The State filed charges against D.C., a gay HIV-positive man, accusing him of violating the cited statutes. D.C. filed a motion to dismiss, contending that the term “sexual intercourse” used in those statutes referred to vaginal intercourse involving a man and a woman, and thus the statute did not apply to the activity for which he was charged. Marion County Circuit Judge Hale R. Stancil, finding himself bound by the only Florida appellate decision on point, L.A.P. v. State, 62 So.3d 693 (Fla. 2d Dist. Ct. App. 2011), granted the motion to dismiss, and the prosecutor appealed to the 5th District Court of Appeal. In L.A.P., the trial judge had refused to dismiss the charges, and the gay defendant appealed, convincing the 2nd District Court of Appeal that the term “sexual intercourse,” as used without express definition in the statute, meant exclusively sexual intercourse between a man and a woman involving penile insertion in a vagina.
The lucky defendant in the 2nd District case was obviously channeling former President Bill Clinton, when he asserted “I did not have sex with that woman” in reference to allegations that he engaged in oral sex with Monica Lewinsky! At the time, the press was full of comments about how many people did not consider oral sex to be actual “sex,” because it could not lead to pregnancy. By definition, then many people do not consider gay sex to be real “sex.” The same contention has arisen in litigation about marriage equality, opponents arguing that it is impossible for a same-sex marriage to be “consummated” because “sexual intercourse” as traditionally understood is necessary to consummate a marriage.
D.C. encountered a different response from the 5th District Court of Appeal, in an opinion for the unanimous three-judge panel by Judge William D. Palmer. “Both parties maintain that the Legislature’s intent concerning the meaning of the term ‘sexual intercourse’ is clear from the unambiguous language of the statute and that the statute must be given its plain and obvious meaning,” he wrote, asserting that legislative intent “is the polestar that guides statutory interpretation” and that when the statutory language is “clear and unambiguous,” there is “no occasion for resorting to the rules of statutory interpretation and construction,” because “the statute must be given its plain and obvious meaning.” Under Florida Supreme Court precedents, in such situations courts may have recourse to published dictionaries of the English language to determine the meaning of “clear and unambiguous” statutory language.
Judge Palmer then referred to definitions of “sexual intercourse” in four published hard-copy dictionaries, ranging in date from 1976 through 2012, as well as two on-line dictionaries presumably consulted shortly before the opinion was released. All of them broadly defined sexual intercourse in ways that would extend beyond heterosexual vaginal intercourse to include other sexual contact involving penetration. The earliest dictionary cited, Webster’s Third New International Dictionary, gave the traditional definition of vaginal intercourse as well as “intercourse involving genital contact between individuals other than penetration of the vagina by the penis.” More recent dictionaries, reflecting the more explicit language that has entered public discourse since then, largely in response to the AIDS epidemic one suspects, specifically mention “insertion of the penis into the anus or mouth” as a form of sexual intercourse.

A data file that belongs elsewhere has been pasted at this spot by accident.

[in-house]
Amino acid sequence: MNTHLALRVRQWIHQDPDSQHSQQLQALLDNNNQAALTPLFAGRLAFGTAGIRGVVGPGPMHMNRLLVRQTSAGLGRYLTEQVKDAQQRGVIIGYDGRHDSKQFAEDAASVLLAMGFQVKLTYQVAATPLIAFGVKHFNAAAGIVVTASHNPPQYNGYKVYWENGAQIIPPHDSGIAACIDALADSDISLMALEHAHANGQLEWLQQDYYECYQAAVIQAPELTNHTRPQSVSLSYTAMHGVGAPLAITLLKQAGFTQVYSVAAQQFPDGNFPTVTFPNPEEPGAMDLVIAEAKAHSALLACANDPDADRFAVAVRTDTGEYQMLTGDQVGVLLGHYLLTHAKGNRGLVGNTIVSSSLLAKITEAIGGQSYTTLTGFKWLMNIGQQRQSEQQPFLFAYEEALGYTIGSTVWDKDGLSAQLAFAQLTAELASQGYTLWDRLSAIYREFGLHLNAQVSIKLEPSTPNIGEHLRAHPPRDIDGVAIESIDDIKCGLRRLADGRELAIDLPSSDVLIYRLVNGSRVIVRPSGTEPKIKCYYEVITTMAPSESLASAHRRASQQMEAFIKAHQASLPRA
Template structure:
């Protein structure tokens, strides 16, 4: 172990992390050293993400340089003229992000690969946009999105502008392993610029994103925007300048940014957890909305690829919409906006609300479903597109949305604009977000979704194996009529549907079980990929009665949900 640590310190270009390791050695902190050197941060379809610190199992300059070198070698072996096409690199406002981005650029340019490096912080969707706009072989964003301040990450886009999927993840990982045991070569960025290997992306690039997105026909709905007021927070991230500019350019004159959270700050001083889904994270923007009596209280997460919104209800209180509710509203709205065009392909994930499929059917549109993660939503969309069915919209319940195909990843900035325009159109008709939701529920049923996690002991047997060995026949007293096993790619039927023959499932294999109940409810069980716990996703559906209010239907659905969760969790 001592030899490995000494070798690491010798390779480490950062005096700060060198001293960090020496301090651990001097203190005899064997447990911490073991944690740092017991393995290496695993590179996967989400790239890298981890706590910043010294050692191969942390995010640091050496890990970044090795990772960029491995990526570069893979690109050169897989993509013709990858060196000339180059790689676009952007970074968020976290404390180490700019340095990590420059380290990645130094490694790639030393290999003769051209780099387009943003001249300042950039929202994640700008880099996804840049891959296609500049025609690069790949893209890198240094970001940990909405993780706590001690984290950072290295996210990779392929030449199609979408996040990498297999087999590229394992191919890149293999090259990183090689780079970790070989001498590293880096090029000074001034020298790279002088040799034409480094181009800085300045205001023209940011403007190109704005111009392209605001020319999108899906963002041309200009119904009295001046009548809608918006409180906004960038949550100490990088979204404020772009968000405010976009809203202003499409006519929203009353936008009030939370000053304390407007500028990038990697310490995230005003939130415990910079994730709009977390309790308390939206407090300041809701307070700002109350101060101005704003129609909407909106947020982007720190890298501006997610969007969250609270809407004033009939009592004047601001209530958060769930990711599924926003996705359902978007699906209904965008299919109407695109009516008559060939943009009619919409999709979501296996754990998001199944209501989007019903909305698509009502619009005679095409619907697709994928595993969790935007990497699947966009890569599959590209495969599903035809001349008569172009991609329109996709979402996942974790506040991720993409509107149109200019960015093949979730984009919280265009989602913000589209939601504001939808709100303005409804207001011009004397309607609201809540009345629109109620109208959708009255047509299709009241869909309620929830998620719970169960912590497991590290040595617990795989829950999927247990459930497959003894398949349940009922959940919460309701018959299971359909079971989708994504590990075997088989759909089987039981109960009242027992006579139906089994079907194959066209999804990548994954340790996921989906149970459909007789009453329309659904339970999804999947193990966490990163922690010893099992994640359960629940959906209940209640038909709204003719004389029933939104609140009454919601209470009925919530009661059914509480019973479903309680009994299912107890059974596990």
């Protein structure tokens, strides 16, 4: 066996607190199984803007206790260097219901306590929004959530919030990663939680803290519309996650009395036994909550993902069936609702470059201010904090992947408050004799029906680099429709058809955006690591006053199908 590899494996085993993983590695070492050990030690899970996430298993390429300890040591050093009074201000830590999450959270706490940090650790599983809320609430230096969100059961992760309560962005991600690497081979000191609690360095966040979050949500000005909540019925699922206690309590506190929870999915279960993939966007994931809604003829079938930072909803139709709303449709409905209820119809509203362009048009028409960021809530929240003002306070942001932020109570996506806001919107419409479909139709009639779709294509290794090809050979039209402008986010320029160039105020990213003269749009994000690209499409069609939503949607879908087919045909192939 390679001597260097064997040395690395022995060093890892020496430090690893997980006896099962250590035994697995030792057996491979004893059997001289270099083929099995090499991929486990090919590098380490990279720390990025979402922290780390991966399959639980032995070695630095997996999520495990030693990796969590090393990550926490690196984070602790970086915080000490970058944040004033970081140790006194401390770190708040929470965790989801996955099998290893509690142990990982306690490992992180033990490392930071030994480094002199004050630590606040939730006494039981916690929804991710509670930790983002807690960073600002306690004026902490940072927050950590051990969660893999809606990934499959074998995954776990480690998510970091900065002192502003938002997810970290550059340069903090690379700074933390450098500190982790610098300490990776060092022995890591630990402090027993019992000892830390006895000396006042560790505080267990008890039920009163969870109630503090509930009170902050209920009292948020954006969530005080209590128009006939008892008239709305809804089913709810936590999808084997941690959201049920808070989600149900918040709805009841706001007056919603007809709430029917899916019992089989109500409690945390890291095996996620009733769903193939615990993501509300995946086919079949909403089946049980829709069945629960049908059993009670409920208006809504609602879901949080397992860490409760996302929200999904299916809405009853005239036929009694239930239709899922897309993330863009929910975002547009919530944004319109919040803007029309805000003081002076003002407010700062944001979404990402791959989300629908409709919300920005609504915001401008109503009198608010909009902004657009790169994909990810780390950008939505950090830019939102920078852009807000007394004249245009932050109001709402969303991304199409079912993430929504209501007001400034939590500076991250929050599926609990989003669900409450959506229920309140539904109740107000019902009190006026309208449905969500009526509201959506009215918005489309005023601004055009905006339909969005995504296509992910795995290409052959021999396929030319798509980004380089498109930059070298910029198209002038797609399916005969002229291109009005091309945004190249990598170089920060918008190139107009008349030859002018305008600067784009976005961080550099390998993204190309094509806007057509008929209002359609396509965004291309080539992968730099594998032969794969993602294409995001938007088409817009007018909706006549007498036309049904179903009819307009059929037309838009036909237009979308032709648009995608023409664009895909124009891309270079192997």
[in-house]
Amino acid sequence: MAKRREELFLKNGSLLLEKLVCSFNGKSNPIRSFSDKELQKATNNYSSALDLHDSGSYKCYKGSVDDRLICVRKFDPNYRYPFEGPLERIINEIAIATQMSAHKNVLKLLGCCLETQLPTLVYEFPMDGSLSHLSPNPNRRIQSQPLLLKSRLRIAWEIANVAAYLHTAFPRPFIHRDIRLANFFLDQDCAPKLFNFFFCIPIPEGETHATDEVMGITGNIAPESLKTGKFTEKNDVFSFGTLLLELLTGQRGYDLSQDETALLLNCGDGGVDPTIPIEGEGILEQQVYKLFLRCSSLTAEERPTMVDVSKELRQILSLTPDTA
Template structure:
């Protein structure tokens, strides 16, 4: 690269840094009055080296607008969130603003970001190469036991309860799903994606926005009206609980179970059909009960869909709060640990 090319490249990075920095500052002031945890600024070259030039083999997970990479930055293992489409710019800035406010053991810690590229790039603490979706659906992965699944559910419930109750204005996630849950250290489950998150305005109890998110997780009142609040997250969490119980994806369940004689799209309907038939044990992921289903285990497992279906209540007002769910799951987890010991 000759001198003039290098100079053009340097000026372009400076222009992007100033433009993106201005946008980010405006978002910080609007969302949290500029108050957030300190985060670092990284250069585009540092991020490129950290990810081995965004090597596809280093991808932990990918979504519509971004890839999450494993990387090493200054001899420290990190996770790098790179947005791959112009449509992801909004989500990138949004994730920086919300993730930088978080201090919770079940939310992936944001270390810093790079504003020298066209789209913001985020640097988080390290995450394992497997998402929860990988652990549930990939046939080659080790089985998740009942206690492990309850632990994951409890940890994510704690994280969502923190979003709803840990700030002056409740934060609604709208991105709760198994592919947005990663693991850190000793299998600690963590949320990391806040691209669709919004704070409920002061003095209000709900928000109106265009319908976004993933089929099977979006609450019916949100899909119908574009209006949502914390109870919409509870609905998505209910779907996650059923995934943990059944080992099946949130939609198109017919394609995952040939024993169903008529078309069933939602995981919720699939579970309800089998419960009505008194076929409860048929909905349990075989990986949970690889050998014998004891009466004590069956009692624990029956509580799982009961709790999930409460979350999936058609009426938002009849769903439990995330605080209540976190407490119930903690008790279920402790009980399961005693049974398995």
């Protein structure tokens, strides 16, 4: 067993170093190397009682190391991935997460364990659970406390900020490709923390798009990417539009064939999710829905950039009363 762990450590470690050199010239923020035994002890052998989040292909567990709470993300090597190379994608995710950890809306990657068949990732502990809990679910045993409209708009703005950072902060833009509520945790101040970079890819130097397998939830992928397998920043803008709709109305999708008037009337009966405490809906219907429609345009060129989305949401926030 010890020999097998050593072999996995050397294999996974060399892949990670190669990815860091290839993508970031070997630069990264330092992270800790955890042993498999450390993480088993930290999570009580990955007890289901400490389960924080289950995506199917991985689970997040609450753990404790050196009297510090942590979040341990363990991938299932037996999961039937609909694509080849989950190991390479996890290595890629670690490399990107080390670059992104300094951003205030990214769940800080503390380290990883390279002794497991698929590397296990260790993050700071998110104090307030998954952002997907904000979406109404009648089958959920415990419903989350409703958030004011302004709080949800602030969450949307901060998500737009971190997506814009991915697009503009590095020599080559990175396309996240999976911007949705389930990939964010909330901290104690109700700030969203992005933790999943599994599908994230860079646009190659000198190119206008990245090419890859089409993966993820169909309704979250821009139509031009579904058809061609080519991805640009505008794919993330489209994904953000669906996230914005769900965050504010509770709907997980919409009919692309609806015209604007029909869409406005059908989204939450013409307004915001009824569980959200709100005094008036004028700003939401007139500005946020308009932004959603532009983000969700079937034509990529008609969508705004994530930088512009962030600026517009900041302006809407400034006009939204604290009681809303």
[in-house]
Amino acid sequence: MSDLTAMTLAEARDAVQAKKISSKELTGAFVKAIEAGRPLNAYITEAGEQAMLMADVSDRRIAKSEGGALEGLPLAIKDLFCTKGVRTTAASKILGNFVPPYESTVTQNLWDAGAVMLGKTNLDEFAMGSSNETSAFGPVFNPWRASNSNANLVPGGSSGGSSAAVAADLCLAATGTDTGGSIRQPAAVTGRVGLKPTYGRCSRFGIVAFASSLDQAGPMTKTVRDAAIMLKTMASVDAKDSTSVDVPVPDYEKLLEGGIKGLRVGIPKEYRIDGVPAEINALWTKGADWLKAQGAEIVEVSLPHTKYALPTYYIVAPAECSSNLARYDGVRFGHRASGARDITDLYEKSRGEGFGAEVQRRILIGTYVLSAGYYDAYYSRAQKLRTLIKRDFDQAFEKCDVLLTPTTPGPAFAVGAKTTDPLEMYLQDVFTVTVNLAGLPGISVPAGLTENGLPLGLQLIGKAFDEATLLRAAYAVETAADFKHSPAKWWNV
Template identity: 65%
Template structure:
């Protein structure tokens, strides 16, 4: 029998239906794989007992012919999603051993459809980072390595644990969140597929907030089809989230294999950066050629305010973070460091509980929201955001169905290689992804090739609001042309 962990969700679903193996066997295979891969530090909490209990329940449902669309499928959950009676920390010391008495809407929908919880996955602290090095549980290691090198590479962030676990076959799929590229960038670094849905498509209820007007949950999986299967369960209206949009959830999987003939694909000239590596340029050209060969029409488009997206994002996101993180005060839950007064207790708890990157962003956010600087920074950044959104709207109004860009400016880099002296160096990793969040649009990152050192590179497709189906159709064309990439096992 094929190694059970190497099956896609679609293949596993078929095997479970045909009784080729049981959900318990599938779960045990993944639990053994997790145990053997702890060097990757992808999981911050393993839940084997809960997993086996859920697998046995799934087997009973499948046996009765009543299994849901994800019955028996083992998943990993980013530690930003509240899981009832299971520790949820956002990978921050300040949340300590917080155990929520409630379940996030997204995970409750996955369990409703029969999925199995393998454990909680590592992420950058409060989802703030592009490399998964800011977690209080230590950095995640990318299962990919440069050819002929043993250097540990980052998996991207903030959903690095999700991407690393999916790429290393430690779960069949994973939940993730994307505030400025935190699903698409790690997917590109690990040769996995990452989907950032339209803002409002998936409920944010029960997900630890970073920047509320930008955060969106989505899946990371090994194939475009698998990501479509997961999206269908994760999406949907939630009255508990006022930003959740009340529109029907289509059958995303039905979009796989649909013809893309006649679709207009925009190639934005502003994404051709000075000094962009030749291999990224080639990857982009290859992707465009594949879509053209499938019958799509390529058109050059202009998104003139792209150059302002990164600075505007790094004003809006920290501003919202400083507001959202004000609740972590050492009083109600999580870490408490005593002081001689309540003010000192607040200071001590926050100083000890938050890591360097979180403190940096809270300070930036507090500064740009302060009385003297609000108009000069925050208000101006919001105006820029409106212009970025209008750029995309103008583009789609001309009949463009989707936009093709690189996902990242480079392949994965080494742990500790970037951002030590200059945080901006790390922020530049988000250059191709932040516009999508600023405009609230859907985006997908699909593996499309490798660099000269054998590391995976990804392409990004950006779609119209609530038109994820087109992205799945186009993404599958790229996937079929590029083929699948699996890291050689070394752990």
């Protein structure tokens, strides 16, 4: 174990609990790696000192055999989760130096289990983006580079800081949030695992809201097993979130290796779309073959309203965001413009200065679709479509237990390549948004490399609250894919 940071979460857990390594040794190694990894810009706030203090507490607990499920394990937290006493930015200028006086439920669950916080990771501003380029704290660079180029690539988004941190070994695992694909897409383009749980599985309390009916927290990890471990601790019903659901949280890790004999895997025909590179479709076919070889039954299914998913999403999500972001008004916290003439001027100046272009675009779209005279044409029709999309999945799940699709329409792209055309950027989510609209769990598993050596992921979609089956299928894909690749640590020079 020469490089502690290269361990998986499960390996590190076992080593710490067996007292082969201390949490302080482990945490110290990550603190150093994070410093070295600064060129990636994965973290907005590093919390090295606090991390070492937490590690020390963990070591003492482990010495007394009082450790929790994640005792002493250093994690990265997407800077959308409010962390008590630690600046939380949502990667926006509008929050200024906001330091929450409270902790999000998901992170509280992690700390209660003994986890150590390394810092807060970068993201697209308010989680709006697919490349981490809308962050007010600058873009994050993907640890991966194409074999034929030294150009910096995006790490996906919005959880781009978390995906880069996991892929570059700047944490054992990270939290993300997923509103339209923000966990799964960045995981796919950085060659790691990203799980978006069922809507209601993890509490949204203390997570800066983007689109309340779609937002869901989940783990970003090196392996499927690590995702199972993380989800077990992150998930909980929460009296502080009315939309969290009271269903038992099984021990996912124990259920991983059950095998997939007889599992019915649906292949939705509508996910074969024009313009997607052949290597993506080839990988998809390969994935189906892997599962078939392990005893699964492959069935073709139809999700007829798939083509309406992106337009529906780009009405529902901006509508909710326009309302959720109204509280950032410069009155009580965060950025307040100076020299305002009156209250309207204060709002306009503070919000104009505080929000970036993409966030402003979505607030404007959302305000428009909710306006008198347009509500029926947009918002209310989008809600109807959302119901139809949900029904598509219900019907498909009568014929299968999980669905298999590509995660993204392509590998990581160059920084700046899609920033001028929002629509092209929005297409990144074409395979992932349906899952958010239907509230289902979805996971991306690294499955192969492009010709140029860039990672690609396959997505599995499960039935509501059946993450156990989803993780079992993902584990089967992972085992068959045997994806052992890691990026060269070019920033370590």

Beyond the dictionary definitions, and tacitly abandoning the idea that consultation of legislative history is not necessary to interpret “clear and unambiguous” statutory language, the court cut to the chase and noted that the provisions in question, which specifically refer to transmission of HIV, were obviously enacted with the purpose of outlawing sexual contact that could transmit that virus from an infected person to an uninfected one. “The defendant’s interpretation of the statute as being limited to heterosexual vaginal sex runs counter to the Legislature’s intent to efficiently and effectively reduce the incidence of sexually transmitted diseases in Florida,” concluded Palmer.
Thus, the court reversed and remanded the decision for further consistent proceedings in the trial court, and certified to the Florida Supreme Court the conflict of interpretation. Without getting into the issue of whether criminal statutes, even as correctly construed, are an “efficient and effective” way to reduce the incidence of HIV transmission, a highly debatable contention, the 5th District’s decision appears on its face to adopt a more logical construction of the statute than the 2nd District’s construction. It is hard to accept the proposition that a term that receives multiple definitions in the dictionaries and that has multiple meanings among members of the public can be said to be “clear and unambiguous,” when two appellate panels disagree as to its meaning. By definition, a term that has multiple possible meanings in popular discourse cannot be interpreted without recourse to contextual evidence of legislative intent, and this very case could be Exhibit A for the proposition that the idea of “clear and unambiguous language” is frequently delusional, given the malleability of language as it evolves in usage. D.C.’s contention as to the common understanding of the term would probably have been correct, as a matter of common usage among a large portion of the public a generation ago., but is no longer in an age of openly-gay celebrities and sexually explicit discourse in mass media.